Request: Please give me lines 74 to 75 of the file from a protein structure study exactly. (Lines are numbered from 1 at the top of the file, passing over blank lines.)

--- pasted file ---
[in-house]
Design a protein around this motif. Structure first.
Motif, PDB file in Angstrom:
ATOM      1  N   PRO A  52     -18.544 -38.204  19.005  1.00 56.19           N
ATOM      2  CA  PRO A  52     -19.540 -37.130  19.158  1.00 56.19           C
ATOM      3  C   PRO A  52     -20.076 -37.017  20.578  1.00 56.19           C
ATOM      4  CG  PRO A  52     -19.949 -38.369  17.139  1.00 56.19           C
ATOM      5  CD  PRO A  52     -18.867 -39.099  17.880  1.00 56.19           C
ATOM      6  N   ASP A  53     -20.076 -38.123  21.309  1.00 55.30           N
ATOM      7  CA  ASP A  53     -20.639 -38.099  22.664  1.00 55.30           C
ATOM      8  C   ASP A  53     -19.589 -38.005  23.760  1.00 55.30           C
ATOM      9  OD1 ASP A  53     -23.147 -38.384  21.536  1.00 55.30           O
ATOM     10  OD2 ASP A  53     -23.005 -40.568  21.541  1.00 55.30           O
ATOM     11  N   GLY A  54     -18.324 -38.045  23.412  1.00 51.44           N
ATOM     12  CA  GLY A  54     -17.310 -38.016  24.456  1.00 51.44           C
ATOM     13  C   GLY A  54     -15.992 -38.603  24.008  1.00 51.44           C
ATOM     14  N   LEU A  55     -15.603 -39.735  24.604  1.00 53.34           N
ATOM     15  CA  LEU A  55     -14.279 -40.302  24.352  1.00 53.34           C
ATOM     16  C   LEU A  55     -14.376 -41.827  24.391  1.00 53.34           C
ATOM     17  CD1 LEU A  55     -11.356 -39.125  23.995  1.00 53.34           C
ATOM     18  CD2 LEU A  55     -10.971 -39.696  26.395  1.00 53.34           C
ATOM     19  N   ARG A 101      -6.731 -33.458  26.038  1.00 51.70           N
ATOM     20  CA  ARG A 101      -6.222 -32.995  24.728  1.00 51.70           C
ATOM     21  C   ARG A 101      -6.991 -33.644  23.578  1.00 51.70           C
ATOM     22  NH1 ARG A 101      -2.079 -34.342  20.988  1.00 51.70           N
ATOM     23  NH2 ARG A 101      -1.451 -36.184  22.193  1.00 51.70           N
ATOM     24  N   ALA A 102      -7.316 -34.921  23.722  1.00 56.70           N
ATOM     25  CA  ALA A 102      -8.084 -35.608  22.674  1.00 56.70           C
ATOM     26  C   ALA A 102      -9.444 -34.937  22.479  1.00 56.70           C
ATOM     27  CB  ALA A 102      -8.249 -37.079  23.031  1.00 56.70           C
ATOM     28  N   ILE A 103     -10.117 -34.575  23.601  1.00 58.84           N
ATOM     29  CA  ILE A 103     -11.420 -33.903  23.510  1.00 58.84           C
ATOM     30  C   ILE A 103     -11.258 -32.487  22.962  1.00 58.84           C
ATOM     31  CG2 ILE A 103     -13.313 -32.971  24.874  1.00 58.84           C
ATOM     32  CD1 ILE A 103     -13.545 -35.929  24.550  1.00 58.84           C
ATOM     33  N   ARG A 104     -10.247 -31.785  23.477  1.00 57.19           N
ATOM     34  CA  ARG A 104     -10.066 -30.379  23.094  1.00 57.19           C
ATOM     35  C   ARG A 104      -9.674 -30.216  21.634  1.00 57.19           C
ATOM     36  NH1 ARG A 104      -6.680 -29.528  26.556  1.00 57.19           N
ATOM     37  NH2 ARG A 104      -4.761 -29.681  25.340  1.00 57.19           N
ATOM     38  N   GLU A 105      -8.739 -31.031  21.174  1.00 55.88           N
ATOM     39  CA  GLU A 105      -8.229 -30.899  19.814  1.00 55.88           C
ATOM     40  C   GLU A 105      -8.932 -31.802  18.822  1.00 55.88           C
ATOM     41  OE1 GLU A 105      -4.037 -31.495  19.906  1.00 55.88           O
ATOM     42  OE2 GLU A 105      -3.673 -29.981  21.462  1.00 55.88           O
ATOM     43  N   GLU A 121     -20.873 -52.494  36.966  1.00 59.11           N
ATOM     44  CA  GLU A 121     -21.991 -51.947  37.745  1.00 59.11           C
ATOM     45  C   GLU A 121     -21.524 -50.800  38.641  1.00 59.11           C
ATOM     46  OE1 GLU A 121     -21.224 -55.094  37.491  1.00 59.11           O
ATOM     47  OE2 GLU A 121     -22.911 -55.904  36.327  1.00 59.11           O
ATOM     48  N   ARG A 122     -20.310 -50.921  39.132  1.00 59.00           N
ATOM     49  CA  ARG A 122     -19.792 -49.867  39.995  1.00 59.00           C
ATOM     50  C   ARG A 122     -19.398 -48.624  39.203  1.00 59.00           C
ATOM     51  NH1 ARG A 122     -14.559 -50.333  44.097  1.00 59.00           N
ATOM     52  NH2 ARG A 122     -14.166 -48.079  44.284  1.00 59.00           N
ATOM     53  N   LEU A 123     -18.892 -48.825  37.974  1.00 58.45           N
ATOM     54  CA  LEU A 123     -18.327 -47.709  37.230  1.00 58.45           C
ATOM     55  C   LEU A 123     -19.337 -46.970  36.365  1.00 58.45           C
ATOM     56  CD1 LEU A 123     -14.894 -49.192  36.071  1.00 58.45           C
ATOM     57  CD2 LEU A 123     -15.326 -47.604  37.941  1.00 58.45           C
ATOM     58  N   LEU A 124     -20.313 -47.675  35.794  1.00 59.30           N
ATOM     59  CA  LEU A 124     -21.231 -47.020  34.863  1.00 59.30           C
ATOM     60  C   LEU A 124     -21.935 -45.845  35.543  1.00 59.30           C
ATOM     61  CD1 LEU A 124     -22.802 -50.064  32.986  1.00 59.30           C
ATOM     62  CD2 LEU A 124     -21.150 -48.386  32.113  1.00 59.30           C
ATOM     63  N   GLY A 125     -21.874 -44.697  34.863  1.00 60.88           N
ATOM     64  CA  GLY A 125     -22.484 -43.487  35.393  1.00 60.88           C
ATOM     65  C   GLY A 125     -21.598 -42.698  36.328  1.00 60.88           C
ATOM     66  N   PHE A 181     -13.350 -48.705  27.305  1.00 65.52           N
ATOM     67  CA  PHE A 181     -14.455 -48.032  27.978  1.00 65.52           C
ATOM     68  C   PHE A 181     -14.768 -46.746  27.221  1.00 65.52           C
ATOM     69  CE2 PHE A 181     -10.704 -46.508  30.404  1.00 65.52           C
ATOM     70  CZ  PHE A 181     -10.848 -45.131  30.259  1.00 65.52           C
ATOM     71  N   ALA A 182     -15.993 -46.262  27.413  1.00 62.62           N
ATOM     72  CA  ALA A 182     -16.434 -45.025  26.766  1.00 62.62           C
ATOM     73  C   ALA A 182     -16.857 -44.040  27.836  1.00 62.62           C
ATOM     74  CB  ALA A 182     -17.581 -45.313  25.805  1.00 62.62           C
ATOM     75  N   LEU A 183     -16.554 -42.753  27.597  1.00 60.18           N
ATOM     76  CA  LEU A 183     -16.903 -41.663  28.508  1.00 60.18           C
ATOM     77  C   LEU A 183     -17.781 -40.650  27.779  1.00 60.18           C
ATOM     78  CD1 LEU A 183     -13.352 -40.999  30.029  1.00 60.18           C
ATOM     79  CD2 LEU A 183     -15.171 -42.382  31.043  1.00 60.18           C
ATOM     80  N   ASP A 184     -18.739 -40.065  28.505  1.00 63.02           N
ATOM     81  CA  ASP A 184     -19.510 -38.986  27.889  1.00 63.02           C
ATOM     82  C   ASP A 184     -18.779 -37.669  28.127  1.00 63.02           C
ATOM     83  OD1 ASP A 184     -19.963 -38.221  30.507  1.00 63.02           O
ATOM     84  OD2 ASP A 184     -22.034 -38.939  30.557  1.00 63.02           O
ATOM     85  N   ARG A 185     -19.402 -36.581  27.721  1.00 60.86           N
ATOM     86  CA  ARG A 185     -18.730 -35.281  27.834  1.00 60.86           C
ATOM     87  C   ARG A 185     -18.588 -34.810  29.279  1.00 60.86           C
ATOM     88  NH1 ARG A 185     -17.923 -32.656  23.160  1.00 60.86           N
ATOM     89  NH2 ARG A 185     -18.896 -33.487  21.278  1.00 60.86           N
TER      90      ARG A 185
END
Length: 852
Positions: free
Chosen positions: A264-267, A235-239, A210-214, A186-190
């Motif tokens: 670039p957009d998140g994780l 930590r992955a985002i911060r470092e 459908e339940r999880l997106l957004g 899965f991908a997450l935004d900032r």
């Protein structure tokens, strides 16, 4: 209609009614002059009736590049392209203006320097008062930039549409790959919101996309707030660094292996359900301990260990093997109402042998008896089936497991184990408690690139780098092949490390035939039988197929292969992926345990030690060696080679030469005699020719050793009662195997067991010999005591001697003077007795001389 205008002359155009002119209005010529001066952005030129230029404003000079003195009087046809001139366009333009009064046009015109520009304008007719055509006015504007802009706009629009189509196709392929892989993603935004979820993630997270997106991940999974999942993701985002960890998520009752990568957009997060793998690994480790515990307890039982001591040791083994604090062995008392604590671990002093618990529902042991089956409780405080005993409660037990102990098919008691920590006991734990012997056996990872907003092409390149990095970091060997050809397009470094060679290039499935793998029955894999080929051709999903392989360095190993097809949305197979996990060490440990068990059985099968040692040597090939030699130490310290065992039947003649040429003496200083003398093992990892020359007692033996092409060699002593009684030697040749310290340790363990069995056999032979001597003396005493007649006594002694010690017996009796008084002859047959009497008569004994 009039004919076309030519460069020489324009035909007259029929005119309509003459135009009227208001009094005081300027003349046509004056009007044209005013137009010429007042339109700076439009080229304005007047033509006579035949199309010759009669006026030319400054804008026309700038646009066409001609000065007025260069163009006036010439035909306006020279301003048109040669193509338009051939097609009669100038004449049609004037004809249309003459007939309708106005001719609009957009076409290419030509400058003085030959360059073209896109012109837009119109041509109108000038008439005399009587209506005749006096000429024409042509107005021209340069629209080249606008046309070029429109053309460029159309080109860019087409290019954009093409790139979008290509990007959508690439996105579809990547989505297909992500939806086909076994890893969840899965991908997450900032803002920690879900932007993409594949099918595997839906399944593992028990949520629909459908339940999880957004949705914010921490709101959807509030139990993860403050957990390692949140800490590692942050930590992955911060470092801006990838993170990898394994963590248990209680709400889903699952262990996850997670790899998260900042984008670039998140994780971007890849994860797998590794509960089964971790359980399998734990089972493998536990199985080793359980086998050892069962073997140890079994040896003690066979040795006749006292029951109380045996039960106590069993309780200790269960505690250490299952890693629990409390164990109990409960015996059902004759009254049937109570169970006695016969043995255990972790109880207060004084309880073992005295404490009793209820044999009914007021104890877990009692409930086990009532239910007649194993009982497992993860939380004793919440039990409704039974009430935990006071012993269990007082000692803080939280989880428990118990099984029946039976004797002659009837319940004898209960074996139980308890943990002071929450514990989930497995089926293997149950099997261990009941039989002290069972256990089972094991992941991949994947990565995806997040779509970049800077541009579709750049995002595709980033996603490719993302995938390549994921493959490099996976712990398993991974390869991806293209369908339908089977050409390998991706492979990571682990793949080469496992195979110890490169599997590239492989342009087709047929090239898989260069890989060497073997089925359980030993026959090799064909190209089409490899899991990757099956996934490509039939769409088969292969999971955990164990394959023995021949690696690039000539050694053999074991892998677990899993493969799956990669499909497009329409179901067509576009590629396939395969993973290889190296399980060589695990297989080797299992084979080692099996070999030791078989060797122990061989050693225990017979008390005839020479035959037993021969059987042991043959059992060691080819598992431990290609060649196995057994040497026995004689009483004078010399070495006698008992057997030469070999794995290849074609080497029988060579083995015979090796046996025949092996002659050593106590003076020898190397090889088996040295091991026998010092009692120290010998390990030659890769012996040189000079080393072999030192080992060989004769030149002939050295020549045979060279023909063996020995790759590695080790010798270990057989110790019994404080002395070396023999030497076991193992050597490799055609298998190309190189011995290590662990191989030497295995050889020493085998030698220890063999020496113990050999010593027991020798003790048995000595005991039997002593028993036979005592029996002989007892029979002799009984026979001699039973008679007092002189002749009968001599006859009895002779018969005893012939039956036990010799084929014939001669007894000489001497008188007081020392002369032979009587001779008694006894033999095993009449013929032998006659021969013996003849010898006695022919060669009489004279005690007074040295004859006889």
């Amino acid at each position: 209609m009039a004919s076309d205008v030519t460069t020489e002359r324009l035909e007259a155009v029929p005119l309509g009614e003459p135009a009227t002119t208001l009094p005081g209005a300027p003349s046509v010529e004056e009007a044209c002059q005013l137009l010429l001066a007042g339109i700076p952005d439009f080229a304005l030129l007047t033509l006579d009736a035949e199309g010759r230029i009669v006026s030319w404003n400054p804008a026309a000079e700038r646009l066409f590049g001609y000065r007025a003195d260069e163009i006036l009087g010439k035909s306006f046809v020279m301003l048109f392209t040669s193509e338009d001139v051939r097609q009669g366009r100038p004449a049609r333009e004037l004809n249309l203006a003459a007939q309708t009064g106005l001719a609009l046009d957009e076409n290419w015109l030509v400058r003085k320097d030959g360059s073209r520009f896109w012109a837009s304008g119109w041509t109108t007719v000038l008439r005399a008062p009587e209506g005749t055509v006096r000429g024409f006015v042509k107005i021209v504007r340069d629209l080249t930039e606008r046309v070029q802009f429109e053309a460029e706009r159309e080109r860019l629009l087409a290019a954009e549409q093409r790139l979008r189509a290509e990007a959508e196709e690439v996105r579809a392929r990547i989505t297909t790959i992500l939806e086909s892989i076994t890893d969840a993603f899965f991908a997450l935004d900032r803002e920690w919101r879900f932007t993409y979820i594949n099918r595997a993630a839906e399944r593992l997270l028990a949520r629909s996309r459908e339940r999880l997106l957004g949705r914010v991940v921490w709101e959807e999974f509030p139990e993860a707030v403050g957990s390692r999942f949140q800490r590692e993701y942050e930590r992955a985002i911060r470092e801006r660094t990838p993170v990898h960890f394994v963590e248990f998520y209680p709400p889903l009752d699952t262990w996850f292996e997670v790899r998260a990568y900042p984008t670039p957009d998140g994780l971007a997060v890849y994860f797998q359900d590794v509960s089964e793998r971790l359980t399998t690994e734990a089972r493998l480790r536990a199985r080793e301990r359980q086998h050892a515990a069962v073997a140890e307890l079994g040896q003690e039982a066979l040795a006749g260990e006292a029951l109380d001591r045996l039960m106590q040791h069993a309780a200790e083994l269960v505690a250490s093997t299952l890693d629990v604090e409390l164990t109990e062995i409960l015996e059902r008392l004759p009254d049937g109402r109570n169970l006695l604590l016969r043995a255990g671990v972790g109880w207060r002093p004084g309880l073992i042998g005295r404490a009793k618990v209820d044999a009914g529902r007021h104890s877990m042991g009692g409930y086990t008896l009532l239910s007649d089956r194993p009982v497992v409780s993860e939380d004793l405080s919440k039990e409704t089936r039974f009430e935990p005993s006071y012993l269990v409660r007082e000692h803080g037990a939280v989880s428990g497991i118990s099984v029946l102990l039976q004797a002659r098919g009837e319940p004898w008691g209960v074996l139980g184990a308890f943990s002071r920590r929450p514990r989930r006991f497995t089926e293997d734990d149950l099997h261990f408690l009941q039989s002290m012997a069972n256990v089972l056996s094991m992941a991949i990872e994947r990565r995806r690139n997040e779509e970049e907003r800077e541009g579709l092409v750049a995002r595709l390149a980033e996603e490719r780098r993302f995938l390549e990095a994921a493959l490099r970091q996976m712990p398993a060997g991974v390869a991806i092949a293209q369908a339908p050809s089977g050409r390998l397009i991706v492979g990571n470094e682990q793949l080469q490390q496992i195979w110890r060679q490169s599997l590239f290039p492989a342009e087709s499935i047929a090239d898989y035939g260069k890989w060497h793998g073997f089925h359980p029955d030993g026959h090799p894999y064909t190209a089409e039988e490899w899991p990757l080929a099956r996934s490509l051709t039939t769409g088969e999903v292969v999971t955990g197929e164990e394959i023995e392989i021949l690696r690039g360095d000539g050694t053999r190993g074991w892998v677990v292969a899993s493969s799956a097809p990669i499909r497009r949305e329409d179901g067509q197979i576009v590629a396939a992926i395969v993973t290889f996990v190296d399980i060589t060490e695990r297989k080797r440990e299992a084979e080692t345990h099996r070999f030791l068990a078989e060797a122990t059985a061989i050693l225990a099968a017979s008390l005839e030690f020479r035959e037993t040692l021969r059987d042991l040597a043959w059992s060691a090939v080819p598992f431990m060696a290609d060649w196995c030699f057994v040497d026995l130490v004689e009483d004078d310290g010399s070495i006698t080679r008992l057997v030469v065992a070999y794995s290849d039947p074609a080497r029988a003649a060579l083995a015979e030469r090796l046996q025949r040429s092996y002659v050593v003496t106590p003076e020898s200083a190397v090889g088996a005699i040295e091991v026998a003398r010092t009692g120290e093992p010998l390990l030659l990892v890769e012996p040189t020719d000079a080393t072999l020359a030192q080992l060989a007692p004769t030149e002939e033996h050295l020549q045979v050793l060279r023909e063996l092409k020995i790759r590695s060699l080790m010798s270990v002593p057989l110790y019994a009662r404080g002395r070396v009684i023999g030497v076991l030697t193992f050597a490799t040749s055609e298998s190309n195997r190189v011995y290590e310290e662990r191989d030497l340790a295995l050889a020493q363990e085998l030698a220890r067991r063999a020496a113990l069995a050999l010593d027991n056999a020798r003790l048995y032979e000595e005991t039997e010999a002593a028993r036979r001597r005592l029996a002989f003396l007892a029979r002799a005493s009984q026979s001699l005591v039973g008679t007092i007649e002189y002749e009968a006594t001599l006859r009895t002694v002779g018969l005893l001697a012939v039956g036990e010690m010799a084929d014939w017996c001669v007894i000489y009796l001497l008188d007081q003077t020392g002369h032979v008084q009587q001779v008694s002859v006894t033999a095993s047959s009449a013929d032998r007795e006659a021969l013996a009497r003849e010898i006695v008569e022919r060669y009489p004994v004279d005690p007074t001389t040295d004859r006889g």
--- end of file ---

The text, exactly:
ATOM     71  N   ALA A 182     -15.993 -46.262  27.413  1.00 62.62           N
ATOM     72  CA  ALA A 182     -16.434 -45.025  26.766  1.00 62.62           C